7.3: The Treaty to Start All Wars
Even though the guns stopped with the armistice, the war was still technically “on” until a peace treaty could be agreed upon by the “victors,” the Allied Powers. For the first time, the United States found itself among the major European superpowers. Its president, former history professor Woodrow Wilson, had indeed learned from the lessons of history.
At the palace of Versailles, the leaders met to discuss how to make a peace that would prevent such a senseless conflict from occurring again. Wilson came with a set of principles, called The Fourteen Points, which he hoped would be the guiding ideals of the treaty. However, the European Allies came with their own ideal: crushing Germany. Germany, since its unification, had become an industrial powerhouse, and the European nations saw the treaty as their chance to prevent Germany from becoming strong again, economically or militarily.
So, putting the most important of the Points side-by-side with the actual Treaty of Versailles, we can see the “mixed bag” of results…
Point: Self-determination should be recognized and respected for every country.
1919 Treaty of Versailles: Former German colonies were placed under Allied control in mandates, including African and Asian territories/ports. Also, the Ottoman Empire was dismantled and parts were distributed to the Allies (for example, present-day Israel to Britain and Lebanon to France).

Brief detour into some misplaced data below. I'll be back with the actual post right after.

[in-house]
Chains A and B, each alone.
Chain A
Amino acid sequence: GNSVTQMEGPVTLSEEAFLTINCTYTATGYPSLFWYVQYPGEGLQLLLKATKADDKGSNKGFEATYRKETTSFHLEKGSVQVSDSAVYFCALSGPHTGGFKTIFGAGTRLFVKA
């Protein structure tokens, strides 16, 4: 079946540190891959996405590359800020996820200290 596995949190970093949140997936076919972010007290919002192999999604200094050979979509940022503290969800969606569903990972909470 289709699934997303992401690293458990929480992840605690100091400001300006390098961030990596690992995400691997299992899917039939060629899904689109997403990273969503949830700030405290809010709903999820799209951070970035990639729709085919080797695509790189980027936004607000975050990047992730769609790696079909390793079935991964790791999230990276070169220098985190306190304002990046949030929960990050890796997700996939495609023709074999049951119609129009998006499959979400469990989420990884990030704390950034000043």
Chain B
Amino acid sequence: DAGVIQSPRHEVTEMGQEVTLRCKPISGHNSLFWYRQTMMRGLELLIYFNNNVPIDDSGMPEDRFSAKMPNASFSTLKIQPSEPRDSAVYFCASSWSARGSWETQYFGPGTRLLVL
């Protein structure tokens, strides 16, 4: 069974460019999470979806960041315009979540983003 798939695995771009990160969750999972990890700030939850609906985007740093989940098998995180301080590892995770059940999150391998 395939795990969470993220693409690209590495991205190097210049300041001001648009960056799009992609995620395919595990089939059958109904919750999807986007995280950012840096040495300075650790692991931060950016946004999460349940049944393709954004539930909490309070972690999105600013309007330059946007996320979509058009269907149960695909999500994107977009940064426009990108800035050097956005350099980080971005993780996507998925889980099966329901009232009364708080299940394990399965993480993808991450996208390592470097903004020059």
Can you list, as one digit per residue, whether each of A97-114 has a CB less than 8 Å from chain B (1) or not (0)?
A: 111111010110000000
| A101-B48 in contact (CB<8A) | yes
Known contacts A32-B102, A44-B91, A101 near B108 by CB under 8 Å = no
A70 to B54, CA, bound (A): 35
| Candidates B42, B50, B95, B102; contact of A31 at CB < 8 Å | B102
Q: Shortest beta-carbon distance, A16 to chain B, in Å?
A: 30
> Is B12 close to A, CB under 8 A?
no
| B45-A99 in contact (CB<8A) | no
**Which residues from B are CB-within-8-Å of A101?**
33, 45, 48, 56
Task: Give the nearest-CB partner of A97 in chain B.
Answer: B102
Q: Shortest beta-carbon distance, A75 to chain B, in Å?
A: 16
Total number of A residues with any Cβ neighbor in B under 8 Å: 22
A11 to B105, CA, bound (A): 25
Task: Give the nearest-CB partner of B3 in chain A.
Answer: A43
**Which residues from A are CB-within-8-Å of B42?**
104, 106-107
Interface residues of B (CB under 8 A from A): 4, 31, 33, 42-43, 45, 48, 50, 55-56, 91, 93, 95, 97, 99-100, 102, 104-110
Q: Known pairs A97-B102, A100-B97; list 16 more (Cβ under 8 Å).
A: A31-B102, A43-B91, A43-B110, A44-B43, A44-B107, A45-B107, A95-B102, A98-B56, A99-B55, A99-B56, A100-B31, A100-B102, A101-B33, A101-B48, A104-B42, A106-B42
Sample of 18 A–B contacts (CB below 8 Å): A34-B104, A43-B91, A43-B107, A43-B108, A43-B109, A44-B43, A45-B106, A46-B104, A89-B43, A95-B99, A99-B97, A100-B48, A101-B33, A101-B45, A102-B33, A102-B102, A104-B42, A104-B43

Interwar Consequence: African/Asian colonies remained under European control. Italy did not receive the territory it wanted in Africa and Japan did not receive the territory it wanted in Asia. Germany wanted to restore its empire.
Point: All economic barriers to trade should be reduced so that all countries may thrive.
1919 Treaty of Versailles: Germany must pay $33 billion in payments to the Allies for the damage of the war. (If the payments would have proceeded as planned, Germany would have finished paying off this debt in 1989!)
Interwar Consequence: The Great Depression (see connection expanded in 7.4).
Point: The League of Nations should be established, such that representatives from all nations can meet together and solve problems without war.
1919 Treaty of Versailles: Germany was forced to sign the treaty acknowledging that Germany and Germany alone caused World War I (the claim known as the “war-guilt clause”).
Interwar Consequence: Neither Germany nor the new U.S.S.R. was originally invited to be a part of the League. The League had no way to enforce rules, especially as the country whose president created the League (the U.S.) did not join, nor even sign the Treaty. (The U.S. would come to its own separate peace with Germany in 1923.) The League therefore was powerless to stop Italy, Germany, and Japan from their 1930s expansion into other countries.
So, the Treaty of Versailles, meant to stop the Second World War, was merely a “pause button.” Wilson suffered a stroke during a frenetic train campaign to convince Americans to sign the treaty. Generally, Americans felt that the postwar situation was Europe’s problem and they would never fight a “European war” again. Twenty years later—when a new generation of soldiers was just coming of age to be sent to war—Americans and the citizens of the world would find that the “pause button” had been hit again, thereby resuming the worldwide conflict.